People who watch TV frequently are more likely to die young, claims a new study. Watching three or more hours of television a day might make people twice as likely to die prematurely.
The study looked at 13,284 people to see if watching TV, going on the computer, and driving had any impact on a person’s risk of death. All of the participants of the study were young and healthy university graduates in Spain.
“Television viewing is a major sedentary behavior and there is an increasing trend toward all types of sedentary behaviors,” lead author Miguel Martinez-Gonzalez, professor of the University of Navarra in Pamplona, Spain, said in a statement. “Our findings are consistent with a range of previous studies where time spent watching television was linked to mortality.”
The average age of the people being studied was 37, and about 60 percent of them were women. They were all tracked for around 8.2 years. At the end of that time, a total of 97 deaths were reported – 46 from cancer, 19 from cardiovascular problems, and 32 from other causes.
After looking at all the data, the researchers found that the risk of death was double in people who watch three or more hours of television a day. This is compared to participants who watched one hour or less a day.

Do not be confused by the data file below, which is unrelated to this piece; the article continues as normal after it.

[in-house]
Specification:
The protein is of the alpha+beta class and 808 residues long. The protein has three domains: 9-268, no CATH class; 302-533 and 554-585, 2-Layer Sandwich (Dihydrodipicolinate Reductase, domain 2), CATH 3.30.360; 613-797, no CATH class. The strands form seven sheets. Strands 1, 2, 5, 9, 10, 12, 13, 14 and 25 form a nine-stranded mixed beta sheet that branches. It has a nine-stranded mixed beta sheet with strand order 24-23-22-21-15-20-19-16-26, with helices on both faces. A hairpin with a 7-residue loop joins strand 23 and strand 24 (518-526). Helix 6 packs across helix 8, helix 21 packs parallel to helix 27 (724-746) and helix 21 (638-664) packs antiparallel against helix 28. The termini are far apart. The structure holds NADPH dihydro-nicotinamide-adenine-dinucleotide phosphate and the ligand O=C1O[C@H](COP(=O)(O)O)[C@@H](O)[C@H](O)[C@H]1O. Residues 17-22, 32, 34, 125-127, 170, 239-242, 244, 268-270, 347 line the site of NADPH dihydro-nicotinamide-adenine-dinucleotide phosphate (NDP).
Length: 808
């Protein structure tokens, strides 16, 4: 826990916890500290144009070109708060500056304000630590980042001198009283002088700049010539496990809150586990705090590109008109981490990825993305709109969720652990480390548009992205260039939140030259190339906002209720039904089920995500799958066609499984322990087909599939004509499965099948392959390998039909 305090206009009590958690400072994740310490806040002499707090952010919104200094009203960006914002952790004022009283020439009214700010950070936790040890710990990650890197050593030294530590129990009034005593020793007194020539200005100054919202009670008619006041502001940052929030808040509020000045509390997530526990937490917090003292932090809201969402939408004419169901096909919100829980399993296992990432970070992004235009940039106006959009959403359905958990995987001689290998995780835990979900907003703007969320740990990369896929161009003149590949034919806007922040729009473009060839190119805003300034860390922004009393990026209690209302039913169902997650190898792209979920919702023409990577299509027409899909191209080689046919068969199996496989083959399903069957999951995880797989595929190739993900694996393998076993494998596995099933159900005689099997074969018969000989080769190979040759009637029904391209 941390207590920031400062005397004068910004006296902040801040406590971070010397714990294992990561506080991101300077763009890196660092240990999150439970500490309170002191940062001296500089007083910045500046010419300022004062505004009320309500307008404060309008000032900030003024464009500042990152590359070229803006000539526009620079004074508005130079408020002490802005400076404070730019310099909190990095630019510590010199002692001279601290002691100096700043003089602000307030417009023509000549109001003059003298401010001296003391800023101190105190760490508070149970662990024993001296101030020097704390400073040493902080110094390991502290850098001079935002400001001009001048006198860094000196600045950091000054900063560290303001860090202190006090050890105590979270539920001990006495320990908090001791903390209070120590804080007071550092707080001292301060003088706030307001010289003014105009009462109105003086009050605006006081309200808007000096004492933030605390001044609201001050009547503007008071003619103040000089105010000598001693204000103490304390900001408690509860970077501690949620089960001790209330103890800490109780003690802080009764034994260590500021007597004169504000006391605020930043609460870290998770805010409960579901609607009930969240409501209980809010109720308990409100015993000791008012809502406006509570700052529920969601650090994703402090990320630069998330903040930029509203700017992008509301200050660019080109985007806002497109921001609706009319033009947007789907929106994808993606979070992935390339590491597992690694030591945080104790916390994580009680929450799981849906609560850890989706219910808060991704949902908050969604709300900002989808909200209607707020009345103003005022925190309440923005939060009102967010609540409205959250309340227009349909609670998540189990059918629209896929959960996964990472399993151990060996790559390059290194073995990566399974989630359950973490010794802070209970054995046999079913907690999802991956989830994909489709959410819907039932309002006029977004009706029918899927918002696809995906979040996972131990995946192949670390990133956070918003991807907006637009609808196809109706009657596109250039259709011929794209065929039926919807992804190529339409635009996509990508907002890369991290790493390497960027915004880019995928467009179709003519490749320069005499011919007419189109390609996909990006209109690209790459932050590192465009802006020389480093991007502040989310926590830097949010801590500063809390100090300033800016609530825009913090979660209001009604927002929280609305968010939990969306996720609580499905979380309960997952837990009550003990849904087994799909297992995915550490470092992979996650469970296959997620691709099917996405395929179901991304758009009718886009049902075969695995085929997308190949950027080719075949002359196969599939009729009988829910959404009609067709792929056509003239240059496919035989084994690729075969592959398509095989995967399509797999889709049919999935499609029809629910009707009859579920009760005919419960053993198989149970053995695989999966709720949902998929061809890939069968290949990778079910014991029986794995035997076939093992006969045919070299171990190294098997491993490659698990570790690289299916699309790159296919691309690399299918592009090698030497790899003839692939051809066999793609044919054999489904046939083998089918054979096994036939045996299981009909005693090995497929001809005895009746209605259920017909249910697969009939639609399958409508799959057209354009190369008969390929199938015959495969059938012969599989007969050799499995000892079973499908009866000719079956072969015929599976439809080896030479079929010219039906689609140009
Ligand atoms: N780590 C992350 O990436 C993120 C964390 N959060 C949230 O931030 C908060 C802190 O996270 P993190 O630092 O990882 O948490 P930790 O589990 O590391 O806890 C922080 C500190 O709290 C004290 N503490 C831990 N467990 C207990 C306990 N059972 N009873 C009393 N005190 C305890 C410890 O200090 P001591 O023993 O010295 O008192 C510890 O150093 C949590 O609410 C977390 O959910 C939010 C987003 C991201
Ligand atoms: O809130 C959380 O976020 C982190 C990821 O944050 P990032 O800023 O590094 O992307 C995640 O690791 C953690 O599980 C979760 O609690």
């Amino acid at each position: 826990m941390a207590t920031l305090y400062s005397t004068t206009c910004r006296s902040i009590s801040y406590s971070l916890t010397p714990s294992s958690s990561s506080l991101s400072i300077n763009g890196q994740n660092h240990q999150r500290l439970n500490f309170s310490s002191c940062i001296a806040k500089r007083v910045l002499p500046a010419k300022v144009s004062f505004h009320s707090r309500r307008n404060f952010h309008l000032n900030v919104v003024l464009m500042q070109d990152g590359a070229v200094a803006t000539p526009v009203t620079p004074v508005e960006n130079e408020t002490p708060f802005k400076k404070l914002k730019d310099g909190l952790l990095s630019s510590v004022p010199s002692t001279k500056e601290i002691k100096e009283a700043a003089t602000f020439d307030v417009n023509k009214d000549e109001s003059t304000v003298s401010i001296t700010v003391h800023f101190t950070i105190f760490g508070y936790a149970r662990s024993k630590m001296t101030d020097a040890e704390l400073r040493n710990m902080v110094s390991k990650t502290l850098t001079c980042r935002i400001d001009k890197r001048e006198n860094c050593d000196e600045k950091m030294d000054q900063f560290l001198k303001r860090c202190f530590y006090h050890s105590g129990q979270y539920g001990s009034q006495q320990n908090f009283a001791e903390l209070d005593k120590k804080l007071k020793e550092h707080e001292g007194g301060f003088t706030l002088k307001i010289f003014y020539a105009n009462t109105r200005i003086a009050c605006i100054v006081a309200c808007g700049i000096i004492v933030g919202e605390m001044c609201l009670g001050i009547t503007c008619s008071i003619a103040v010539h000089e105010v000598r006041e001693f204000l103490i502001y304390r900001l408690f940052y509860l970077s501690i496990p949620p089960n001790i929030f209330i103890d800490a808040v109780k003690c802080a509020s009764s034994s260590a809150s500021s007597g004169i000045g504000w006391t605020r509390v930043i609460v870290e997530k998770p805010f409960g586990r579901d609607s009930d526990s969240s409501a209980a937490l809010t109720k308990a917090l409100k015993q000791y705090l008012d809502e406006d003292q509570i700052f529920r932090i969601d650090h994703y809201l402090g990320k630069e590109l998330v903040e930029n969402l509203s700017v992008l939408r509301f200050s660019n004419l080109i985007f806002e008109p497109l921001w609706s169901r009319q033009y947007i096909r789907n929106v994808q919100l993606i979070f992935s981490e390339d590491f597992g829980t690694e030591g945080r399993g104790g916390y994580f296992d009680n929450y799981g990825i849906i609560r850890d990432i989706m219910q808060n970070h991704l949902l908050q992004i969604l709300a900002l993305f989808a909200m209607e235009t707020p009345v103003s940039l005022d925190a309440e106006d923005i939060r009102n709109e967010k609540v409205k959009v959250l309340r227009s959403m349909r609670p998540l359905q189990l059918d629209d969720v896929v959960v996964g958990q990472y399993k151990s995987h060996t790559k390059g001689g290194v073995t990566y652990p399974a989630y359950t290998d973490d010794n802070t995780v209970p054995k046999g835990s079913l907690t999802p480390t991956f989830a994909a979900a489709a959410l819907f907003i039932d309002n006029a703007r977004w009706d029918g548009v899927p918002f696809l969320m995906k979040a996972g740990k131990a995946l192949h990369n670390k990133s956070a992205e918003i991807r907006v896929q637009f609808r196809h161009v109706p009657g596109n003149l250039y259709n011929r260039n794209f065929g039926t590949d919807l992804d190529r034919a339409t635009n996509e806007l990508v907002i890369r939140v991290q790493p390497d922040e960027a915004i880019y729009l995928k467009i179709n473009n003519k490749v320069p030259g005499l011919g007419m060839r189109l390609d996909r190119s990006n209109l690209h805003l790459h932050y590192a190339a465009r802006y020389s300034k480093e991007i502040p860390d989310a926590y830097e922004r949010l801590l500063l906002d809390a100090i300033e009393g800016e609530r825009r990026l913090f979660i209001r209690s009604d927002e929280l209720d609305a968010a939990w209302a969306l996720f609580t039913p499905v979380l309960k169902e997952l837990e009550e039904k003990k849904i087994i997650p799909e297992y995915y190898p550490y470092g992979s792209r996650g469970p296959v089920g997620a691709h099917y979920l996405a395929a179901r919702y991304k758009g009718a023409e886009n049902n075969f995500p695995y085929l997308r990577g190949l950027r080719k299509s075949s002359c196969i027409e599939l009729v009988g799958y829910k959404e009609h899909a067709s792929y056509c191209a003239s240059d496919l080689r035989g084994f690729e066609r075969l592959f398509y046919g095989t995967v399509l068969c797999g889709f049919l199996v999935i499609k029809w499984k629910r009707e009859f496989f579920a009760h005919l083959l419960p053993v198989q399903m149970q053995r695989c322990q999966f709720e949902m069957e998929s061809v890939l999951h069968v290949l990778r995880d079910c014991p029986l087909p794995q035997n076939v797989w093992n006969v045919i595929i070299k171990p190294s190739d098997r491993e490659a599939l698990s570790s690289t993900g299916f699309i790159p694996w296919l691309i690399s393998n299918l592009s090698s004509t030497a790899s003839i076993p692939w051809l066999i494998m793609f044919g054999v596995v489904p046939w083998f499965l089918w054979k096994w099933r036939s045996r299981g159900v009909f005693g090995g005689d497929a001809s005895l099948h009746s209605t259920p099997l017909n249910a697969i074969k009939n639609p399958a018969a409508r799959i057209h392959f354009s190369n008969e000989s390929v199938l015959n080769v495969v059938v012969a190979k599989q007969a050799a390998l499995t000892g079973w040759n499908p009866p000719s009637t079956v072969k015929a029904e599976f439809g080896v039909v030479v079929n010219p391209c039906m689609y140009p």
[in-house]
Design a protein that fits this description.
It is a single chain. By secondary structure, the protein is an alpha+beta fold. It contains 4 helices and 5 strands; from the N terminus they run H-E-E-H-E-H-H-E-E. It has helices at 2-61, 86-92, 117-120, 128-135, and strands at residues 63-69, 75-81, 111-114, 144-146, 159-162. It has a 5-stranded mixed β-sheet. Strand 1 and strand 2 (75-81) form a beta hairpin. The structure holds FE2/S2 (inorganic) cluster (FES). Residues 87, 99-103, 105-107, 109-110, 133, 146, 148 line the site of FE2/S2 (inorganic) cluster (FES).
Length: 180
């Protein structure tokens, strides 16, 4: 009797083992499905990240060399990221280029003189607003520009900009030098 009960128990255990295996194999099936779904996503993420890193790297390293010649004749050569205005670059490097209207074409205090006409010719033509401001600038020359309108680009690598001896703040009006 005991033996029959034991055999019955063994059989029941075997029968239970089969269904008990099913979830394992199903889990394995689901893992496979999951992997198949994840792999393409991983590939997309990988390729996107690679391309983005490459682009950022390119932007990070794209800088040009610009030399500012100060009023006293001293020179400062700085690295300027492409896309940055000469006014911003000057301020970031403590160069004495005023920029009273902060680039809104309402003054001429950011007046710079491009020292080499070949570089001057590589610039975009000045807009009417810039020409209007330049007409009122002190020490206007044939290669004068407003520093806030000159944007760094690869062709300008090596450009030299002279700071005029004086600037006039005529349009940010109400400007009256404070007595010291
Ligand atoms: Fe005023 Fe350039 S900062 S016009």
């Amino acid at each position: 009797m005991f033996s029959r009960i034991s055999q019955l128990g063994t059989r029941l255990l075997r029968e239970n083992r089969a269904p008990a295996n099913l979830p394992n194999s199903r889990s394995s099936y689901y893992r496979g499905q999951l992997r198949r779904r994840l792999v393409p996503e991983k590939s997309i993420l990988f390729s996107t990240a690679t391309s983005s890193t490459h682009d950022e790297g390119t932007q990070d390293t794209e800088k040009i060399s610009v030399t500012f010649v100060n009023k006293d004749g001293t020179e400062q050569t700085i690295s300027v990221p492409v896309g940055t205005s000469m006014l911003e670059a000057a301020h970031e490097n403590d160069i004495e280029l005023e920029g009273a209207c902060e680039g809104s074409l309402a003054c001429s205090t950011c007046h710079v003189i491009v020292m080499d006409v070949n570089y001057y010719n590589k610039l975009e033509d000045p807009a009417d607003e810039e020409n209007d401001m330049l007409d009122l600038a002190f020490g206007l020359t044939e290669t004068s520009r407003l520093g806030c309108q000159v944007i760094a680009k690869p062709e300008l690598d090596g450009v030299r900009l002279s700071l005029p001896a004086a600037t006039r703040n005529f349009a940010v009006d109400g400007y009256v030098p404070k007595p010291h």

However, driving and using the computer did not seem to have any impact on the risk of death whatsoever, the researchers claim.
While the researchers are not exactly sure why watching TV would cause more deaths, they think it has to do with people not being active, but being more sedentary instead. They believe more tests need to be done before any definite conclusions can be made, however.
“As the population ages, sedentary behaviors will become more prevalent, especially watching television, and this poses an additional burden on the increased health problems related to aging,” Martinez-Gonzalez said. “Our findings suggest adults may consider increasing their physical activity, avoid long sedentary periods, and reduce television watching to no longer than one to two hours each day.”
The study was published in the Journal of the American Heart Association